What’s Cat Eye Syndrome?

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Cat’s eye syndrome is a rare genetic condition caused by extra copies of parts of the 22nd chromosome. Symptoms include coloboma, anal irregularities, widely spaced eyes, and heart defects. The severity of the condition varies, but with effective treatment, people can live normal lives.

Cat’s eye syndrome is a rare genetic condition that can be present when people have extra copies of parts of the 22nd chromosome. There are other names for this group of symptoms such as Schmid-Fraccaro syndrome and partial tetrasomy of chromosome 22. In the latter name, the “partial” means that the extra copy or copies of the chromosomes are incomplete or not normal. However, the name most associated with this disorder is cat eye syndrome, because in some affected individuals, the missing tissue from the eyes called a coloboma can give the pupils a cat-like appearance; this symptom is not present in all people with the condition.

The degree of expression of Cat Eye Syndrome can vary greatly. The two most common defects associated with it are the coloboma and the absence of the canal that forms the anus. Anal irregularities in females often include fissures in the vagina. When one of these defects is present, reconstruction or repair of this area is required.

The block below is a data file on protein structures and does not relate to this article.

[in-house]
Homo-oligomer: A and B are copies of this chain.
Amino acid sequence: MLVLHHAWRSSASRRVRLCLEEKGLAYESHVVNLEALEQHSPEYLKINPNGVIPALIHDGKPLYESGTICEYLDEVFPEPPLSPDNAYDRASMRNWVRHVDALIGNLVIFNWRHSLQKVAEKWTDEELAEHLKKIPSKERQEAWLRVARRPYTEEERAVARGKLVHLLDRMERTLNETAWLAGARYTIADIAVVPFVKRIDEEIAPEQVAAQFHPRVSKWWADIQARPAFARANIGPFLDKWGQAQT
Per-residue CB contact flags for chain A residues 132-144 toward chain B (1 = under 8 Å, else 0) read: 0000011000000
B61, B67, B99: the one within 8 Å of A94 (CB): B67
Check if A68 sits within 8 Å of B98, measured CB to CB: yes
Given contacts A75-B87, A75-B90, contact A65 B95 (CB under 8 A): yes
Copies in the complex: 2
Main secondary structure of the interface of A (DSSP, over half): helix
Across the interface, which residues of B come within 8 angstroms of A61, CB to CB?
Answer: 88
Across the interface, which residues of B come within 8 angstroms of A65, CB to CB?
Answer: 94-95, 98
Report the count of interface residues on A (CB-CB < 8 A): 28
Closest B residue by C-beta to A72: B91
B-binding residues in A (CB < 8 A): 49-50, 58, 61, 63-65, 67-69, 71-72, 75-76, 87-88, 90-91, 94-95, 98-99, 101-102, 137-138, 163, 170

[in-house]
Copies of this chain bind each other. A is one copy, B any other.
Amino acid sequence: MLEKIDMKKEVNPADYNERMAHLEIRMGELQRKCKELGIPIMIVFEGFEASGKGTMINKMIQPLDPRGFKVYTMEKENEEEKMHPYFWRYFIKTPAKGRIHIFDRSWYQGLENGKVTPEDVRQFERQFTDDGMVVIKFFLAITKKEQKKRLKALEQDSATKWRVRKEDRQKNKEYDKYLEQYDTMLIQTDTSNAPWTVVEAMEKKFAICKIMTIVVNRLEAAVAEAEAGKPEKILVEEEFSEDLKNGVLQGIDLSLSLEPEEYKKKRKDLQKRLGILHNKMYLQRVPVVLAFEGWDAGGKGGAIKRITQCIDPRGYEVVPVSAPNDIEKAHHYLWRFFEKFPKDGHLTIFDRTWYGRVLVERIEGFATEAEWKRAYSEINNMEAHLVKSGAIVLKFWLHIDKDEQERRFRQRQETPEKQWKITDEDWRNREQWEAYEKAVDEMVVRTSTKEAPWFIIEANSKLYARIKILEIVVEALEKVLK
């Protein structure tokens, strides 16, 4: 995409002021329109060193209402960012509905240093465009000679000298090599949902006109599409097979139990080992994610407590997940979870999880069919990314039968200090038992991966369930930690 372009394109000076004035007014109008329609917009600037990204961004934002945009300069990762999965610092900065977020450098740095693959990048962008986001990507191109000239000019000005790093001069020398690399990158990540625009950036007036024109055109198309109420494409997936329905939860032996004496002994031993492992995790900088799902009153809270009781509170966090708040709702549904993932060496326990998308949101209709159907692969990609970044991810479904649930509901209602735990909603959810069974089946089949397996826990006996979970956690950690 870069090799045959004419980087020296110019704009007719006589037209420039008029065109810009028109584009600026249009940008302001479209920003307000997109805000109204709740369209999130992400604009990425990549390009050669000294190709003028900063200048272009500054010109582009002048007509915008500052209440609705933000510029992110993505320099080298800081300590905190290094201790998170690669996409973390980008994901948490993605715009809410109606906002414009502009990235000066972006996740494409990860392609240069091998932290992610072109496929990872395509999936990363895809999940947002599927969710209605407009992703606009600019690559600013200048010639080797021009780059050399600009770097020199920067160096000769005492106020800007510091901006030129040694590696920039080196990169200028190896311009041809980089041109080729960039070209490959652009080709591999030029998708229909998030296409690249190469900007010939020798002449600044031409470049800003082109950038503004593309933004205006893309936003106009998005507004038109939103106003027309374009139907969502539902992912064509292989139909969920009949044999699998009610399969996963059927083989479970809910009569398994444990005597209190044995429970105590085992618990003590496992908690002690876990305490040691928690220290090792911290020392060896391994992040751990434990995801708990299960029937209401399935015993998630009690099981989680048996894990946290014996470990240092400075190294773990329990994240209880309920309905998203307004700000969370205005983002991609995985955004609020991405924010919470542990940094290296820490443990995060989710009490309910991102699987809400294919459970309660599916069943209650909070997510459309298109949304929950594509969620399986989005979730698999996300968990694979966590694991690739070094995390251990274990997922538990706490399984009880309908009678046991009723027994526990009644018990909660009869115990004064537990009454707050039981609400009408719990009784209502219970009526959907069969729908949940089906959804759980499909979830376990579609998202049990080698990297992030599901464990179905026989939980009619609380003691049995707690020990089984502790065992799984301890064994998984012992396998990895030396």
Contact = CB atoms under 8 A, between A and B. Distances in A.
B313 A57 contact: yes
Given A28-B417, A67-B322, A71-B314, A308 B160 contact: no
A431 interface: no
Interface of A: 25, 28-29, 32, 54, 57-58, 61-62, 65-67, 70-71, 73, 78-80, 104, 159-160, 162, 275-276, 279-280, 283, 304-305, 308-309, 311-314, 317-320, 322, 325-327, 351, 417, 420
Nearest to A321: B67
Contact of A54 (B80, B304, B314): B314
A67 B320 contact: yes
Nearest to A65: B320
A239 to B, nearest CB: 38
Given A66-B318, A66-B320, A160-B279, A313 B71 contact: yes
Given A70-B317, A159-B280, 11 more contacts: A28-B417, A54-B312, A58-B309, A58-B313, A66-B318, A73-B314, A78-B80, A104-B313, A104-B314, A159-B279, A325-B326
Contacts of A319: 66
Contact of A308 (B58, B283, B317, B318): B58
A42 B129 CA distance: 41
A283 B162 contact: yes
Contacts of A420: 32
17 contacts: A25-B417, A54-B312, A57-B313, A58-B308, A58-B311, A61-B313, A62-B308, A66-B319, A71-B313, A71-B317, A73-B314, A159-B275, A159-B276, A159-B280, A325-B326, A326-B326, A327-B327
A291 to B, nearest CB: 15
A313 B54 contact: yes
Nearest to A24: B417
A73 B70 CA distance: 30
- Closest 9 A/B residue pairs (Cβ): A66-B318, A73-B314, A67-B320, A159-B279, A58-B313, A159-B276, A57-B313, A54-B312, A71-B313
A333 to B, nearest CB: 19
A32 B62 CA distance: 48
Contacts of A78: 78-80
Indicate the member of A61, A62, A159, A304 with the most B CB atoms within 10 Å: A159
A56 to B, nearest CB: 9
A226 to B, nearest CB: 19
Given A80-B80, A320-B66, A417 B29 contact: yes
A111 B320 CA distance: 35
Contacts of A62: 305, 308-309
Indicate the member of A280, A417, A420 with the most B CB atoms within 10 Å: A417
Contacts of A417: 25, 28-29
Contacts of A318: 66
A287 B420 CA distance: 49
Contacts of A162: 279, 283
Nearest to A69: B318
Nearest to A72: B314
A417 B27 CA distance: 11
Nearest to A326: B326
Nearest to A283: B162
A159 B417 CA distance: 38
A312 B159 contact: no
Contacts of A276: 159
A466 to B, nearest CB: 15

Other defects associated with this condition include eyelid creases that may droop down, widely spaced eyes, and depressions in the skin in front of the ears, which may also be misshapen. In some cases there are even more serious defects that may require repair. These cover a wide range of congenital heart defects, cleft palate defects, and urinary tract malformations or defects, which can involve the kidneys.

Some children born with cat eye syndrome have mild mental retardation, but this is not always the case. They may be slightly shorter than their peers. On rare occasions, they will also have some skeletal malformations.

It is not always known exactly how Cat Eye Syndrome manifests itself. It can run in families, and people who have the disorder have a one in two chance of passing it on to their offspring. It is thought that some people have the condition in a very mild form, do not know it and can pass it on, but the degree of inheritance from a family member who does not have it is not very clear. Most children born with the condition are the first children in their families to have it.

While the condition incorporates a variety of defects that can be serious, the outlook for people with Cat Eye Syndrome is generally good. It depends on the severity of the related defect and effective treatment of any existing defects, especially in the heart, palate or urinary tract, as well as treatment of any malformations of the anus. When these conditions can be addressed, many people will live full lives, may have children and will most likely have very normal lives, particularly if they do not suffer from retardation.

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